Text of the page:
Beautiful Saturn: Ringed Planet Shines in New Cassini Photo

Saturn by Cassini
This view of Saturn was captured on Aug. 12, 2017, by NASA's Cassini spacecraft. (Image credit: NASA/JPL-Caltech/Space Science Institute)

Another gorgeous Saturn photo has emerged from the Cassini archives.

The newly released image, which NASA's Cassini spacecraft took on Aug. 12, shows the gas giant and its iconic rings in all their glory. And if you look carefully, you can see the tiny moon Pandora; it's a faint dot near the top of the photo, just beyond the thin outer F ring. 

"Also in this image is the gap between Saturn's cloud tops and its innermost D ring, through which Cassini would pass 22 times before ending its mission in spectacular fashion [on] Sept. 15, 2017," NASA officials wrote in an image description today (Oct. 23). 

"Scientists scoured images of this region, particularly those taken at the high phase (spacecraft-ring-sun) angles, looking for material that might pose a hazard to the spacecraft," they added.

When it took the photo, Cassini was about 581,000 miles (935,000 kilometers) from Saturn and 691,000 miles (1.1 million km) from Pandora. The 50-mile-wide (80 km) moon was brightened by a factor of two to make it more visible, NASA officials said. [Saturn's Glorious Rings! Cassini's Close-Up Photos]

The $3.2 billion Cassini-Huygens mission — a joint effort of NASA, the European Space Agency and the Italian Space Agency — launched in October 1997 and arrived at Saturn on the night of June 30, 2004. (Huygens was a piggyback lander that touched down on Saturn's biggest moon, Titan, in January 2005.)

After more than 13 years of groundbreaking work in the Saturn system, Cassini was running low on fuel. So mission managers directed the probe to plunge intentionally into the ringed planet's thick atmosphere on Sept. 15, a suicide maneuver designed to ensure that Cassini never contaminated Titan or fellow Saturn satellite Enceladus with microbes from Earth. (Astrobiologists think both moons might be capable of supporting life.)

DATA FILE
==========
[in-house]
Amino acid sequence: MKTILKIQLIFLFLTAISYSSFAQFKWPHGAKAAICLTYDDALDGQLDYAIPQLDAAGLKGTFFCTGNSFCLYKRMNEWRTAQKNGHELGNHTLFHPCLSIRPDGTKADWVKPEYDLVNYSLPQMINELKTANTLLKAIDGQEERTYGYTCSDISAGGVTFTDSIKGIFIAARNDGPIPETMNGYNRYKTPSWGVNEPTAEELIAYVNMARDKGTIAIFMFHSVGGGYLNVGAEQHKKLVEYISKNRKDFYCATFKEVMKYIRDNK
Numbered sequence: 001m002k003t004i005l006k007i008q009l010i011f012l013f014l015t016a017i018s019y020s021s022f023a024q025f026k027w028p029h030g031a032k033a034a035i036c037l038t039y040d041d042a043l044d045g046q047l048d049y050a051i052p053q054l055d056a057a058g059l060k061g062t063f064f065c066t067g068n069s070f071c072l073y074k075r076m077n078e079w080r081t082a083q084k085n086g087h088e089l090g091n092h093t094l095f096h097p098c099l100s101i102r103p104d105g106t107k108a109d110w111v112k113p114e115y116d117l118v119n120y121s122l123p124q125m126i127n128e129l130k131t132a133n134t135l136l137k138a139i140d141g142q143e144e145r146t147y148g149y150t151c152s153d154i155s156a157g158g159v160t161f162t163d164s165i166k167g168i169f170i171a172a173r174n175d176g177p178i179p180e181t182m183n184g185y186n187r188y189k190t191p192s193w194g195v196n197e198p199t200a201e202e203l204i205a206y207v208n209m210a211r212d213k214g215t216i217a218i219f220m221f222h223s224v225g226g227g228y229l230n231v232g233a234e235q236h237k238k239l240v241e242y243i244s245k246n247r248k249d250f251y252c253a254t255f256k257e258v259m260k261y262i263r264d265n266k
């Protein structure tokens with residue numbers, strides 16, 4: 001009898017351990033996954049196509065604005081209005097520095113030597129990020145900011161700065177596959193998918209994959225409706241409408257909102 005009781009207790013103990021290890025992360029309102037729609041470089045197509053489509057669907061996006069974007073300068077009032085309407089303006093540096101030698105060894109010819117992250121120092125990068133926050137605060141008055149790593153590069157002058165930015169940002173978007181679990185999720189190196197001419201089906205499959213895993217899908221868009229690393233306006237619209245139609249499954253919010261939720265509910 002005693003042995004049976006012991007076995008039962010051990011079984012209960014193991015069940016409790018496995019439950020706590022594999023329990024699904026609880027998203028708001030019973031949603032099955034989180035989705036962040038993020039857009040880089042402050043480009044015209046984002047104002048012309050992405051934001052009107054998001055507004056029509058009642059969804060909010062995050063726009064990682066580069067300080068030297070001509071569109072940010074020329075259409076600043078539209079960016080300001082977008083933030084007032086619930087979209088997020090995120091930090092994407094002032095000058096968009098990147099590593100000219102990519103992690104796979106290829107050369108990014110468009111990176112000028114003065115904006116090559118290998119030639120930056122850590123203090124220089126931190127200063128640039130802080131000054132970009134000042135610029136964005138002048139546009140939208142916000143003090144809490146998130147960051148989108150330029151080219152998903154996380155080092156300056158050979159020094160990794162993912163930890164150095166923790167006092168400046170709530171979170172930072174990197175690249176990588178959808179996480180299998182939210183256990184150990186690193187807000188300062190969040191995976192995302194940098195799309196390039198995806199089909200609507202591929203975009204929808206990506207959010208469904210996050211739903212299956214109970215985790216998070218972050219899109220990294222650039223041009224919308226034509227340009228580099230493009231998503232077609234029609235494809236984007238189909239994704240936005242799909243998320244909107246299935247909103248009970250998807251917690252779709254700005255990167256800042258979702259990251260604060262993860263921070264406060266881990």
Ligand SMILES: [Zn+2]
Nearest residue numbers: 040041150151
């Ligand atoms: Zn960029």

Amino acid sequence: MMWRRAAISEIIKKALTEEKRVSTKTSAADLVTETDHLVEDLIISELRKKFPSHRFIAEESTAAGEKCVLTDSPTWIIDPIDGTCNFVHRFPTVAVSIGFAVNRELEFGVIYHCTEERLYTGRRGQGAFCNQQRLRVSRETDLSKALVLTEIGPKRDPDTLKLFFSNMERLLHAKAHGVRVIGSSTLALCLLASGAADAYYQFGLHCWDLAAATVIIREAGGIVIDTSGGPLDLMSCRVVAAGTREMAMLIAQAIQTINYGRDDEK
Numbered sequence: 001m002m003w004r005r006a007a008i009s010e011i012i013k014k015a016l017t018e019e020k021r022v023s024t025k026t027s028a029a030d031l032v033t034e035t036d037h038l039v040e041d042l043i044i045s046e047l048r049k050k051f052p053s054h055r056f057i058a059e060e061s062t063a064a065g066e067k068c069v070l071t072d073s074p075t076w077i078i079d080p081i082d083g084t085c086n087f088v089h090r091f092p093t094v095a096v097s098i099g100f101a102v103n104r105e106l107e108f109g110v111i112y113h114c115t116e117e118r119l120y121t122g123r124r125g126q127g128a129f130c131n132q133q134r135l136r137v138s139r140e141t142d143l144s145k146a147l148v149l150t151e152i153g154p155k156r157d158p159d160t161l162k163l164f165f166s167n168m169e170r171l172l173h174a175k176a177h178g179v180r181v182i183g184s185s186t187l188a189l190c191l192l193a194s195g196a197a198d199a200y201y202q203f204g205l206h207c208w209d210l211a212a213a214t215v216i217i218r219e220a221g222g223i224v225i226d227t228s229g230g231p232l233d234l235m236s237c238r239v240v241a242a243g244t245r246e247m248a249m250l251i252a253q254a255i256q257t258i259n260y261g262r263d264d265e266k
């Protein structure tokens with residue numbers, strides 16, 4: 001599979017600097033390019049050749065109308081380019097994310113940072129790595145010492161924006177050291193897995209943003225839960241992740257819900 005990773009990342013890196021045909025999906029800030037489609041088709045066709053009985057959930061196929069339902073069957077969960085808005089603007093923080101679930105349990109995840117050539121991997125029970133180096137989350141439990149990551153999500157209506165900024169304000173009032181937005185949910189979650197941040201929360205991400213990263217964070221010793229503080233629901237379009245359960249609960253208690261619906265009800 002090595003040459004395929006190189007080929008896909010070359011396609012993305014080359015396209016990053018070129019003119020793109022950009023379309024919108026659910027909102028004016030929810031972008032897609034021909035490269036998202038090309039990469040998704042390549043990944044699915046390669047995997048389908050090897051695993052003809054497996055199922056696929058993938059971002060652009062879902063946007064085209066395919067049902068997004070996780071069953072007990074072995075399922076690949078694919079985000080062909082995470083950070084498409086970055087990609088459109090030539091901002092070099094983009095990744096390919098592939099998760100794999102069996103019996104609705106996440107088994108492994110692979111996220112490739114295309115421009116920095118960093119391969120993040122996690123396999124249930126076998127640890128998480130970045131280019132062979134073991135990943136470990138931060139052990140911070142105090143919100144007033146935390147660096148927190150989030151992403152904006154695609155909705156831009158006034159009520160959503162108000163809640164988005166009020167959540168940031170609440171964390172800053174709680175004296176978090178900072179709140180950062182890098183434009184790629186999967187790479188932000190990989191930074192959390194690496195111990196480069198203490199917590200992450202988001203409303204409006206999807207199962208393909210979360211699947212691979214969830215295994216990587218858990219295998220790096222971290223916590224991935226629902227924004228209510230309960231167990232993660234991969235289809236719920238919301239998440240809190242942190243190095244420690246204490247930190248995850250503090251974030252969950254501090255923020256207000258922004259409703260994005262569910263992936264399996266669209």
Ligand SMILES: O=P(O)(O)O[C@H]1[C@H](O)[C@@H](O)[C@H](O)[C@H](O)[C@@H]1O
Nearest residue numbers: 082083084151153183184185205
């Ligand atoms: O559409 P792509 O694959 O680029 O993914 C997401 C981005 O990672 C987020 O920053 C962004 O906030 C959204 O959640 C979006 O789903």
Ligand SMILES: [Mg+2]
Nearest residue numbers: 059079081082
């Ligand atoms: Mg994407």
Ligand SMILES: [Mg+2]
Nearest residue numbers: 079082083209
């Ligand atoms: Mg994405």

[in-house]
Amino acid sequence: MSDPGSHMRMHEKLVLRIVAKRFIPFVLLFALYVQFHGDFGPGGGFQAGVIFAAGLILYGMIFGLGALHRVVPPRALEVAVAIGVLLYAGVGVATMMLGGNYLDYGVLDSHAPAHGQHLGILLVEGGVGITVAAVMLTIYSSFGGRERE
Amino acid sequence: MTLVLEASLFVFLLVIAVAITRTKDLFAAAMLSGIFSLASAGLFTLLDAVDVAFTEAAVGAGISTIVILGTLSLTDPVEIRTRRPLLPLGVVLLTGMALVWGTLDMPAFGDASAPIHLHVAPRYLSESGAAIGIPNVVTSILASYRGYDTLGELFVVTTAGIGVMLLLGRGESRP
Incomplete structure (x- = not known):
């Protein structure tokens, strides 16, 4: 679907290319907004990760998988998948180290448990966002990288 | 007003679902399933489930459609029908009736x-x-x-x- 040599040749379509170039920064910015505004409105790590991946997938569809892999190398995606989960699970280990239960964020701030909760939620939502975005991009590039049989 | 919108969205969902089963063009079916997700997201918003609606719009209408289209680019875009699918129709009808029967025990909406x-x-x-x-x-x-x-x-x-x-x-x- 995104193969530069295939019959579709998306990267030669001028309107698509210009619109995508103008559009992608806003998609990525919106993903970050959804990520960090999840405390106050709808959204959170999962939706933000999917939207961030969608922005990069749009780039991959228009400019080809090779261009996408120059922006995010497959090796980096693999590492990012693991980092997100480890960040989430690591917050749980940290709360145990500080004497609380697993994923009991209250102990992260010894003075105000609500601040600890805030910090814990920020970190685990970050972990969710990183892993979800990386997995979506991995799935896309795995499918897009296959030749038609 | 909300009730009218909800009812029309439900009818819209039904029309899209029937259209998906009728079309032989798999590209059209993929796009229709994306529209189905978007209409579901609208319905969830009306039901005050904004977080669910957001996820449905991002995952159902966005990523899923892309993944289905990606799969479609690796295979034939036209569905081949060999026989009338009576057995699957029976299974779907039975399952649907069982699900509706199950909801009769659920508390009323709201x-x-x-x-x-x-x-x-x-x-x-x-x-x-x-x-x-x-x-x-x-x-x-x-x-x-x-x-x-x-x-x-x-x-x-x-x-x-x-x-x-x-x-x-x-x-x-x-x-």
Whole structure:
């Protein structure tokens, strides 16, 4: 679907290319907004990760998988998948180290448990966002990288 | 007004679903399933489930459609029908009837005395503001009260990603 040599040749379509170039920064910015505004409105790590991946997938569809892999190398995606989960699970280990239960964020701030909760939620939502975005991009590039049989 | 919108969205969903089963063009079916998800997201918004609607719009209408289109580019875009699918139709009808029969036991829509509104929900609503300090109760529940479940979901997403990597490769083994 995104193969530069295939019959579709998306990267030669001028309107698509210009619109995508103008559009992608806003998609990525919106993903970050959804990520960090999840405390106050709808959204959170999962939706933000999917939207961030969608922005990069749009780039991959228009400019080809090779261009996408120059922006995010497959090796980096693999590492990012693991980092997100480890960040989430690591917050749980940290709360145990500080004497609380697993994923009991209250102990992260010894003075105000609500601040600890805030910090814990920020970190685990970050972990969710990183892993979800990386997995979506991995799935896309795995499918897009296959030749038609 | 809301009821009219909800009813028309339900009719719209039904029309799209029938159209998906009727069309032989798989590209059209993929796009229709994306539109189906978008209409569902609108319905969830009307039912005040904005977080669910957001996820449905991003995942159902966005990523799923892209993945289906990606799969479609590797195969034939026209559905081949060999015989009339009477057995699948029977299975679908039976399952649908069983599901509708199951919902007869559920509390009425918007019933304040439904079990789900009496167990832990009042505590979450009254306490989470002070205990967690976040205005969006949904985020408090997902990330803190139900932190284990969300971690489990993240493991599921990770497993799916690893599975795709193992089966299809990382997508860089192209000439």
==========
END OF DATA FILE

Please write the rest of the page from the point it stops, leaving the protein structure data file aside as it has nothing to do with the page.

Follow Mike Wall on Twitter @michaeldwall and Google+. Follow us @Spacedotcom, Facebook or Google+. Originally published on

Join our Space Forums to keep talking space on the latest missions, night sky and more! And if you have a news tip, correction or comment, let us know at:

Mike Wall
Senior Space Writer

Michael Wall is a Senior Space Writer with and joined the team in 2010. He primarily covers exoplanets, spaceflight and military space, but has been known to dabble in the space art beat. His book about the search for alien life, "Out There," was published on Nov. 13, 2018. Before becoming a science writer, Michael worked as a herpetologist and wildlife biologist. He has a Ph.D. in evolutionary biology from the University of Sydney, Australia, a bachelor's degree from the University of Arizona, and a graduate certificate in science writing from the University of California, Santa Cruz. To find out what his latest project is, you can follow Michael on Twitter.